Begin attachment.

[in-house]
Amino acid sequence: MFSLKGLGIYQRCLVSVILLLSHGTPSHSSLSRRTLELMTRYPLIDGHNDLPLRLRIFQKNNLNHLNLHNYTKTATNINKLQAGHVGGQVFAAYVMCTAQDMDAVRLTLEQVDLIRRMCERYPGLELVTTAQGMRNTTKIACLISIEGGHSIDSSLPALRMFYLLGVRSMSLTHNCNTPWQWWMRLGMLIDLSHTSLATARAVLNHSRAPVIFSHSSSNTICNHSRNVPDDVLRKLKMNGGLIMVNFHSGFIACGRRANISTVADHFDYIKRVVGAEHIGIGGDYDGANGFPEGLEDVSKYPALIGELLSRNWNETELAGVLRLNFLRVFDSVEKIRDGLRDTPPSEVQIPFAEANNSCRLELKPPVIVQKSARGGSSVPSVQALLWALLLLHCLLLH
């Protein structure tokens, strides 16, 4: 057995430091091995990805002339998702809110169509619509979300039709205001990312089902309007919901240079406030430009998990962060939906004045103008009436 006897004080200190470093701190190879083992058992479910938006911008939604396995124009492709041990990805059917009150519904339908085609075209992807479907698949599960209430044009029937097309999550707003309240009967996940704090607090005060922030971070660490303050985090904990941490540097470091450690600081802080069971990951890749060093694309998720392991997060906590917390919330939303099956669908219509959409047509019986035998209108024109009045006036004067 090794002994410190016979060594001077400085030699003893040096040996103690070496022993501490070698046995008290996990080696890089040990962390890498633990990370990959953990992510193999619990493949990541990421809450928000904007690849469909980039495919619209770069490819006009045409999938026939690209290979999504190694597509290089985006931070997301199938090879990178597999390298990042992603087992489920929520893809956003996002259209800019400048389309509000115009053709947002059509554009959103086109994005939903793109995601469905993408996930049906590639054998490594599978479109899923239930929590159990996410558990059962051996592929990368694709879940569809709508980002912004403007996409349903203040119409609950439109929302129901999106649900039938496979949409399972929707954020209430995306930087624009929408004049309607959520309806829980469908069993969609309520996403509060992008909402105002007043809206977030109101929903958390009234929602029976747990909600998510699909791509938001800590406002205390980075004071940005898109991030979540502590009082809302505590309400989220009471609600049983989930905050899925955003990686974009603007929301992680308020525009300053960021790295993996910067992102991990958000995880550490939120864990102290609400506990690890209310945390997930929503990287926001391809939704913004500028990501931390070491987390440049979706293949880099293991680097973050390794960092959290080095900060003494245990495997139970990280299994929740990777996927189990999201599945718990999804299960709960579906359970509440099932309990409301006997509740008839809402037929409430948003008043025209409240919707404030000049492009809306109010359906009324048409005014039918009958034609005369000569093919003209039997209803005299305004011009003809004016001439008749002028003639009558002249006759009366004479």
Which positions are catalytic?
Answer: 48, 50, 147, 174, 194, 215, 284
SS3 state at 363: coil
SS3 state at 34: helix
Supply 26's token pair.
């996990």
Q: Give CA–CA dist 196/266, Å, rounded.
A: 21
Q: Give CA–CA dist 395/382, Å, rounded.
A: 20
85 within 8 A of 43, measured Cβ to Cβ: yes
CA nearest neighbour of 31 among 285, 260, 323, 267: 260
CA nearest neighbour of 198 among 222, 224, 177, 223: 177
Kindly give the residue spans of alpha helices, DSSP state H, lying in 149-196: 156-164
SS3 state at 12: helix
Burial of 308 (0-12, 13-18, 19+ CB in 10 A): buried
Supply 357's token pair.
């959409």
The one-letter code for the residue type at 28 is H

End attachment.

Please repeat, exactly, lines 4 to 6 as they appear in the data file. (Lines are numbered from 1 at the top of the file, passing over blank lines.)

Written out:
Which positions are catalytic?
Answer: 48, 50, 147, 174, 194, 215, 284
SS3 state at 363: coil